Excitement has been building about “Almost Blue Mountain City,” a documentary film that captures the story of a place originally known as Mechanicstown.
Residents and area historical buffs can attend the premiere of the first historical documentary about Thurmont on Oct. 26 at Springfield Manor Winery, a historic site that has a cameo in the film.
“We’re really excited,” said Jim Humerick, Thurmont’s chief administrative officer. “It’s a great historical forum that demonstrates Thurmont history.”
The film, by local historian and filmmaker Chris Haugh, the Tourism Council of Frederick County’s Scenic Byway and Special Projects manager, is more than three hours long, so the premiere will include an intermission.
Thurmont came close to being called Blue Mountain City, hence the name of the documentary.
In the late 19th century, two residents — Charles Shipley, a retired real estate broker from Baltimore, and Charles Cassell, editor of the Catoctin Clarion newspaper — suggested the need for a progressive name for the town that had held the rustic moniker of Mechanicstown since its inception in 1804. The Western Maryland Railroad supported the endeavor, due to a plethora of sound-alike towns in the region — Mechanicsburg, Mechanicsville — that confused passengers and freight shipments, Haugh said.
After a spirited debate in the newspapers, the town voted in 1893, and Blue Mountain City won with more than 80 percent of the ballots. However, the U.S. Post Office said the name, suggested by Shipley, was too long, Haugh said, so the residents went with the second-place offering of Thurmont, put forth by Cassell.
“Thur-mont” is Germanic in origin and, in theory, crudely translates to door/gateway and mountain.
“Gateway to the Mountains” was the name used by longtime town historian George W. Wireman for his 1968 book chronicling the town’s origins. Wireman’s book helped Haugh in his early research and understanding of the town. Wireman “passed away in 2012, but was one of my 14 on-camera commentators for the project; it is a true honor to have him as part of it,” Haugh said.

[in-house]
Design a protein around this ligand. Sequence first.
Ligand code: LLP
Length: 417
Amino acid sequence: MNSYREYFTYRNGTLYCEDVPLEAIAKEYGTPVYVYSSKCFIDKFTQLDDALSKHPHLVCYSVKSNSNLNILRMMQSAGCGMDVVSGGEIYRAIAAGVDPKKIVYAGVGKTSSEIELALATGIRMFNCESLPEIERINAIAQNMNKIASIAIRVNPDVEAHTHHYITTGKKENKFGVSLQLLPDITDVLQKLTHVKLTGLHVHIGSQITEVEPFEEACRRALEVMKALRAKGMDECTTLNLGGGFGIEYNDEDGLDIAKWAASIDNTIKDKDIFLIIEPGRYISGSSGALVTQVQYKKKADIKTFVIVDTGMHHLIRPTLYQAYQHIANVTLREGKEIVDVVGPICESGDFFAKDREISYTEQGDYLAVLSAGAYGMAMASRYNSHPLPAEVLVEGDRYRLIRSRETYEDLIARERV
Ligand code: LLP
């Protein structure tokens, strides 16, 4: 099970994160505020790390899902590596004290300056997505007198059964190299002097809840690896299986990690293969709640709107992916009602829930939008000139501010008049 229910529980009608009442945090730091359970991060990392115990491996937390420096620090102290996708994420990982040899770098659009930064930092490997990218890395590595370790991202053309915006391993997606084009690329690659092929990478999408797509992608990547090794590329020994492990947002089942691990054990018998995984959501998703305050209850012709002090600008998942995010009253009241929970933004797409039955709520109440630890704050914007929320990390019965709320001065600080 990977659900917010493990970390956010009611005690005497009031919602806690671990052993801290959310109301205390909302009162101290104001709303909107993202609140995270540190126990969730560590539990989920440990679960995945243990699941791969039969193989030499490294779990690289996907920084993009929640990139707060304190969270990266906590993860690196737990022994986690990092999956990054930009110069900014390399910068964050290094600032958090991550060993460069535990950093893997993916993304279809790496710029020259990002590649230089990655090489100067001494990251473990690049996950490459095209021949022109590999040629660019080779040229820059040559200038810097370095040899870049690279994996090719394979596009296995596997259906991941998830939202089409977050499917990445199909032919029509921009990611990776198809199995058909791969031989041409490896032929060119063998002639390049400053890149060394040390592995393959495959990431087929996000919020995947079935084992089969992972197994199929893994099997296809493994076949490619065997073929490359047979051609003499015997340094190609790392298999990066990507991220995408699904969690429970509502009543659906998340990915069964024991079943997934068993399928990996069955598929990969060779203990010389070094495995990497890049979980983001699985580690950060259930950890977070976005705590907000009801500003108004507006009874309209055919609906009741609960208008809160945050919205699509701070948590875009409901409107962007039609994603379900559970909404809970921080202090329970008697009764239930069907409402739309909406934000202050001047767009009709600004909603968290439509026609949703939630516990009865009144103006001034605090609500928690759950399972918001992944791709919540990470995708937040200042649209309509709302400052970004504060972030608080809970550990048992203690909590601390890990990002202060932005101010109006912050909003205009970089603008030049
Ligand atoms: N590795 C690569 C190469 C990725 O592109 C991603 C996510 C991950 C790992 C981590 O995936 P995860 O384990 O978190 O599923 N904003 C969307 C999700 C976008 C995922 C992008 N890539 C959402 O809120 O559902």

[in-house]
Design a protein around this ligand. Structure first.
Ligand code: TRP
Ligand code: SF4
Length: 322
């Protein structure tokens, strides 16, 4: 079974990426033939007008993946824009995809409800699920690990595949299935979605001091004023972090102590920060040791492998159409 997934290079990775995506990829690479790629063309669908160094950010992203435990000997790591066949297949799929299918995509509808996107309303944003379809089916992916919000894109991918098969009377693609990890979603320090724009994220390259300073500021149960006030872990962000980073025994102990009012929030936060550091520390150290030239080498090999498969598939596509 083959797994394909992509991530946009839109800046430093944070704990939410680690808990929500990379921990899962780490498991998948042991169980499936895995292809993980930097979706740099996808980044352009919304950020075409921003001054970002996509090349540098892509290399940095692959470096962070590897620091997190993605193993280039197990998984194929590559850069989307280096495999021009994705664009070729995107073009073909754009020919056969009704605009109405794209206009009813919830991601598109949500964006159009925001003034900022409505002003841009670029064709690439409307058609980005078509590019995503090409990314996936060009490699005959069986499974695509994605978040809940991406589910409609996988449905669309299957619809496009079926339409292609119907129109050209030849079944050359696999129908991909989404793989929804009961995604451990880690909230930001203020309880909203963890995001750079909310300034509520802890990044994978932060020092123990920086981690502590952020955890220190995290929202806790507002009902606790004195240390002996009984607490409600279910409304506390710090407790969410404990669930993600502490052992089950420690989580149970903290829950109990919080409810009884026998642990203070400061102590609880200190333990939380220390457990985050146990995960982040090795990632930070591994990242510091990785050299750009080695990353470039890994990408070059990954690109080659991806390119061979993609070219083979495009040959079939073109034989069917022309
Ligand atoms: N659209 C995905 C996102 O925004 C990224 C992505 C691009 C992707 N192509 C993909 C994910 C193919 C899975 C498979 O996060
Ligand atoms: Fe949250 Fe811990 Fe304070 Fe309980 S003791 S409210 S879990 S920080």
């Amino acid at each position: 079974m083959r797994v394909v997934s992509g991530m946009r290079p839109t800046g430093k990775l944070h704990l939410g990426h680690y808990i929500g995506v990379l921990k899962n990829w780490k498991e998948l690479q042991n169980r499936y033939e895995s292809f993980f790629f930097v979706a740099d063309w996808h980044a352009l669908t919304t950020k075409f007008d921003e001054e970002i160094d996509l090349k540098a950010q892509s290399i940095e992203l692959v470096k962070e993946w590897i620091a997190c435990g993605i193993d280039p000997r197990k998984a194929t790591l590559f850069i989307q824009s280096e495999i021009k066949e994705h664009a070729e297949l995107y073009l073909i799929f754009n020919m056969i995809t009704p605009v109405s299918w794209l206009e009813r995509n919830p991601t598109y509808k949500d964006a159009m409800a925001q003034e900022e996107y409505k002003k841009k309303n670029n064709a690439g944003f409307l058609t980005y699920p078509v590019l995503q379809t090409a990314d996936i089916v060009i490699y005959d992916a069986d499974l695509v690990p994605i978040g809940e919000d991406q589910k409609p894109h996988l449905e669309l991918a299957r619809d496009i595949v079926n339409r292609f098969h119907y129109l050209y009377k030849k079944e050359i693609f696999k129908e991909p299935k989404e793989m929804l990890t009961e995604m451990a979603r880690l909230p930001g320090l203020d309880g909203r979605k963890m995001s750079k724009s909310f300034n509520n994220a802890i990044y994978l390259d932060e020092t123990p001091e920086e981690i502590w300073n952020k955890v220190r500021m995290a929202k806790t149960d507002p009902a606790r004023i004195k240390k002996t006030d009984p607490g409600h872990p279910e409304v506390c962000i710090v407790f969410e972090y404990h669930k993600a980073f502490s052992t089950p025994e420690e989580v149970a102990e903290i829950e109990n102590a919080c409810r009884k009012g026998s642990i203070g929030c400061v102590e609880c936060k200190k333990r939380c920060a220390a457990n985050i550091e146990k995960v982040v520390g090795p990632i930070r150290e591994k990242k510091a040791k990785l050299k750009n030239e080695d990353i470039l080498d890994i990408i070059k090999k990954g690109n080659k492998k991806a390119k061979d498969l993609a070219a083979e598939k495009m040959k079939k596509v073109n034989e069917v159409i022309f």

The documentary was 20 years in the making. Haugh originally suggested it in 1994 while working for GS Communications in Frederick to then-Thurmont Mayor Terrence Best. The idea generated excitement from the get-go, but other projects came up — including the 10-hour Frederick Town documentary for the city of Frederick’s anniversary in 1995 — and the Thurmont project was sidelined.
Haugh then completed three documentaries on local African-American history and prehistory (“Up From the Meadows,” “Monocacy” and “Sugarloaf”). In 2000, he got back to work on Thurmont, at least until early 2001.
Then, the cable company, along with local cable channel 10, which Haugh worked for, was sold to Adelphia.
“When Adelphia took over, they kind of told me to stop what I was doing because they were trying to figure out what to do with our channel, and needed me to assist with managing channels elsewhere in the company,” he said.
The project was shelved again, but Haugh had conducted his interviews. Comcast did not retain Haugh when it took over Adelphia in 2006. It was another blow to the Thurmont project, but it opened the opportunity for Haugh to eventually work for John Fieseler and the Tourism Council of Frederick County.
“I had the opportunity to work with film again, this time in the form of our visitor orientation film for our amazing Frederick Visitor Center and, more recently, with the Maryland’s Heart of the Civil War documentary,” he said.
“Looking back with 20/20 hindsight,” said Araminta Finn, chief editor for the film and co-owner of Digital Bard Productions in Frederick, “ending up with the tourism council was the best thing that could have happened to Chris.”
Finn is the unsung hero behind the project, Haugh said; she had to transfer material and footage from old equipment to updated technology.
Haugh said he could not have made the film without help from Finn and Jessica Muth Mantheiy, who started as an intern on the project in 2007-08, while a student at Shepherd University. Other contributors are Thurmont Mayor John Kinnaird for his photographic collection, and longtime resident Vic Jagow, who introduced Haugh to the town. Most important are the project’s 14 commentators dating back in 2000.
“We think the world of Chris,” said Pat Weddle, vice president of Thurmont Historical Society. “He has done a lot for Frederick County.”
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